Background: Adequate and appropriate nutrition during cancer treatment plays an outstanding role in patients' response to treatment, their quality of life, and saving treatment cost. During the treatment period, children are prone to malnutrition because, they need more substrate for the treatment of their illness, and also they have fewer amounts of macronutrients and micronutrients storages. Several studies have shown that supplementation has anticachectic effect on patients suffering from cancer.
Objectives: This study evaluated the clinical effects of a protein and energy dense nutritional supplement in a group of patients with pediatric cancer under active chemotherapy.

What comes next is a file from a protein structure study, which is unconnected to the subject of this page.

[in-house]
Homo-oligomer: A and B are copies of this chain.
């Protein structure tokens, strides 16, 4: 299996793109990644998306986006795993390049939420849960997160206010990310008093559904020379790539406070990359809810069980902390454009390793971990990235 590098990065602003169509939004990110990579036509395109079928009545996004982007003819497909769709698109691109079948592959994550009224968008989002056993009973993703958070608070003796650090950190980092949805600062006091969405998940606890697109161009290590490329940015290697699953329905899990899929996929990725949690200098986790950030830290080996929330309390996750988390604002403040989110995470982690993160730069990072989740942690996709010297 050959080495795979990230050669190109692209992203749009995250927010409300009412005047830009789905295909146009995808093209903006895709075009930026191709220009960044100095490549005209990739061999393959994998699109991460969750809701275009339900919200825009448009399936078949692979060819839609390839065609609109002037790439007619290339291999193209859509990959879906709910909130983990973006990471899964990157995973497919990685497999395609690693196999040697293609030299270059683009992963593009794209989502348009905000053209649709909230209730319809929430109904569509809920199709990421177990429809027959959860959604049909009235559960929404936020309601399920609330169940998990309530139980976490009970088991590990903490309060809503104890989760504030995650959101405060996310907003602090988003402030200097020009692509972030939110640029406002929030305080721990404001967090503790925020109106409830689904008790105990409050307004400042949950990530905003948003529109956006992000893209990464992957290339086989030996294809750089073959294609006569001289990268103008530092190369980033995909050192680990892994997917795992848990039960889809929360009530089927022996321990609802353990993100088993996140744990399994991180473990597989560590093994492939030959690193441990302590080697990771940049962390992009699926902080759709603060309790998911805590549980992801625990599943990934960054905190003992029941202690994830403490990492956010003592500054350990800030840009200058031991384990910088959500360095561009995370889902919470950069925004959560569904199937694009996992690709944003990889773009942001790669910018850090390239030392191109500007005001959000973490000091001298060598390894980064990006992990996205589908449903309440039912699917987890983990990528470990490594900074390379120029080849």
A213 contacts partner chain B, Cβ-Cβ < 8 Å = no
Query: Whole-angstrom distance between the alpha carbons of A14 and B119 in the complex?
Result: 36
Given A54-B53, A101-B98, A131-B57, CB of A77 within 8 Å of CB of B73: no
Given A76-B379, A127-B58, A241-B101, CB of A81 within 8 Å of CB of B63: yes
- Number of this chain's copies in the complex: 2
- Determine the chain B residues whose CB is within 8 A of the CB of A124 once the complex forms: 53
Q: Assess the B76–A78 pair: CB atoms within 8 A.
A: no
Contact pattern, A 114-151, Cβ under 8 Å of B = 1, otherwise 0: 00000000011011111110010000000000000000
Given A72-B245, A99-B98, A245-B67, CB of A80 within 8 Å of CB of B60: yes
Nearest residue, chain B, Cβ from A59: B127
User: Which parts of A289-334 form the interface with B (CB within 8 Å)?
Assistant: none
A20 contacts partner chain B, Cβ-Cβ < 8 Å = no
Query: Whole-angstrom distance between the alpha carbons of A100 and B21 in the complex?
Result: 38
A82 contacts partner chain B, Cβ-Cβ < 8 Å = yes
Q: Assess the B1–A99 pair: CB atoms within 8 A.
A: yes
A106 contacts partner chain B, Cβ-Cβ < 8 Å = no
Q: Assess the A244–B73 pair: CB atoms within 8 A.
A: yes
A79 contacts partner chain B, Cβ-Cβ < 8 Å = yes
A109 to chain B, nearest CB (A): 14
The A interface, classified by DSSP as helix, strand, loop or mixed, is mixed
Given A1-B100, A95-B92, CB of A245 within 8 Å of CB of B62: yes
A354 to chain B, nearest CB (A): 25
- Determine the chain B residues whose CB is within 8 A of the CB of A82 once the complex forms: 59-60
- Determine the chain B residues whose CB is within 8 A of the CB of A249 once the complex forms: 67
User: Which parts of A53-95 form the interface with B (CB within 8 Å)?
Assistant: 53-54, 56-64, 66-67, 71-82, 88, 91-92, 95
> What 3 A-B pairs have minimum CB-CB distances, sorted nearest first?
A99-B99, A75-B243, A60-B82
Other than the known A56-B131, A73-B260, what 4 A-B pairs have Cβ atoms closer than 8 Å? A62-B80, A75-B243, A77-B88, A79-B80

Patients and Methods: The study was a randomized-controlled clinical trial, including 70 patients with pediatric malignant disease, receiving intensive chemotherapy. A nutritional supplement (haleem) was given to 35 patients, and the rest, regarded as controls, did not receive any supplementation. The patients were examined for their weight, height, albumin, prealbumin, globulin, and total protein. Next, the data were recorded at baseline and then after 45 days.
Results: On the 45th day, weight loss was significant in the control group (P < 0.001), whereas weight gain was observed in the treatment group (P < 0.001). In addition, remission rate was significantly higher (P = 0.036) in the treatment group compared to the control group.
Conclusions: A comparison between the results of the treatment and control groups showed that during chemotherapy, supplement treatment not only prevented weight loss but also caused weight gain in the treatmet group compared to the control group who received no supplement.